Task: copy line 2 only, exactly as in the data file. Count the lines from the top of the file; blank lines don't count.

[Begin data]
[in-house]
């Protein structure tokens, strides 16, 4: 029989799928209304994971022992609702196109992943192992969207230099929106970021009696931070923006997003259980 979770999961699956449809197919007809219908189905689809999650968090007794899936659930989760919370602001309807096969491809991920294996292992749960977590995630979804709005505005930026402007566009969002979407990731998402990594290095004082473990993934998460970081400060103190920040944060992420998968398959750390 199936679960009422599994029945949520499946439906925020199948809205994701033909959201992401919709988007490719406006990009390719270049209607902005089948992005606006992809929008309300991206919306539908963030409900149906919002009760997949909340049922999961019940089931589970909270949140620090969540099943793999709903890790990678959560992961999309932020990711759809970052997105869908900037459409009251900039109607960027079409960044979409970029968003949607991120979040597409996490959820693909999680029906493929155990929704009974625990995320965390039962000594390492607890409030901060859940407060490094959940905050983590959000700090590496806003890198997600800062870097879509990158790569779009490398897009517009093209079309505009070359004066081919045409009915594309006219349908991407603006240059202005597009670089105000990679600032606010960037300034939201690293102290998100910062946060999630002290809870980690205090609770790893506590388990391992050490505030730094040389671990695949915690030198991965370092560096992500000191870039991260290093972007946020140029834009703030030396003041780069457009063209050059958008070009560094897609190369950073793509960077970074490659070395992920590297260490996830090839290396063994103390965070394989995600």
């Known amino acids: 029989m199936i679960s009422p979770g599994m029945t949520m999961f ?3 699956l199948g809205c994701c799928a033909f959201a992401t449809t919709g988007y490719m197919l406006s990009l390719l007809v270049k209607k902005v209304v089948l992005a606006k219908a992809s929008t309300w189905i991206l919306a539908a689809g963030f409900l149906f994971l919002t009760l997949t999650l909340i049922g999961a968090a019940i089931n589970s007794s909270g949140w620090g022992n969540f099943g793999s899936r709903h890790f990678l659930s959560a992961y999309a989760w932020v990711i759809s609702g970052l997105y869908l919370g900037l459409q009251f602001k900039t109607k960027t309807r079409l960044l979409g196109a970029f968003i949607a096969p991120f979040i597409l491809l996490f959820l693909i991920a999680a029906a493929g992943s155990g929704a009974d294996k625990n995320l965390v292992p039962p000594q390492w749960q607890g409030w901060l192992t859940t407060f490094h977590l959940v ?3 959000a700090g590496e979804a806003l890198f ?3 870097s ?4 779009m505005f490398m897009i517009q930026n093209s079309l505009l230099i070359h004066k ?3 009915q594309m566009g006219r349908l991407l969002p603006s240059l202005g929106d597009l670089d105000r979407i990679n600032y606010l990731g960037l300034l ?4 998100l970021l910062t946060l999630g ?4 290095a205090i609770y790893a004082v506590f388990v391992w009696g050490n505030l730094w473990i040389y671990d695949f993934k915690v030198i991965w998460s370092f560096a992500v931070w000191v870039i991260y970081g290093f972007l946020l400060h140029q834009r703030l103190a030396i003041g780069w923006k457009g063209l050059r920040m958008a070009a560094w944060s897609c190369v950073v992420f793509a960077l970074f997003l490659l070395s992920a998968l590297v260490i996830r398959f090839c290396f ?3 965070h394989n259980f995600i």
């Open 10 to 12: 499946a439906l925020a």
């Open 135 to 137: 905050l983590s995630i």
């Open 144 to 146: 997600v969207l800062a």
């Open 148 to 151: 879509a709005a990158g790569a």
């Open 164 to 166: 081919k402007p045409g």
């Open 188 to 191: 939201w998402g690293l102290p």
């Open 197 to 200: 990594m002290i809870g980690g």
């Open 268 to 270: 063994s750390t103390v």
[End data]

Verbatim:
């Protein structure tokens, strides 16, 4: 029989799928209304994971022992609702196109992943192992969207230099929106970021009696931070923006997003259980 979770999961699956449809197919007809219908189905689809999650968090007794899936659930989760919370602001309807096969491809991920294996292992749960977590995630979804709005505005930026402007566009969002979407990731998402990594290095004082473990993934998460970081400060103190920040944060992420998968398959750390 199936679960009422599994029945949520499946439906925020199948809205994701033909959201992401919709988007490719406006990009390719270049209607902005089948992005606006992809929008309300991206919306539908963030409900149906919002009760997949909340049922999961019940089931589970909270949140620090969540099943793999709903890790990678959560992961999309932020990711759809970052997105869908900037459409009251900039109607960027079409960044979409970029968003949607991120979040597409996490959820693909999680029906493929155990929704009974625990995320965390039962000594390492607890409030901060859940407060490094959940905050983590959000700090590496806003890198997600800062870097879509990158790569779009490398897009517009093209079309505009070359004066081919045409009915594309006219349908991407603006240059202005597009670089105000990679600032606010960037300034939201690293102290998100910062946060999630002290809870980690205090609770790893506590388990391992050490505030730094040389671990695949915690030198991965370092560096992500000191870039991260290093972007946020140029834009703030030396003041780069457009063209050059958008070009560094897609190369950073793509960077970074490659070395992920590297260490996830090839290396063994103390965070394989995600």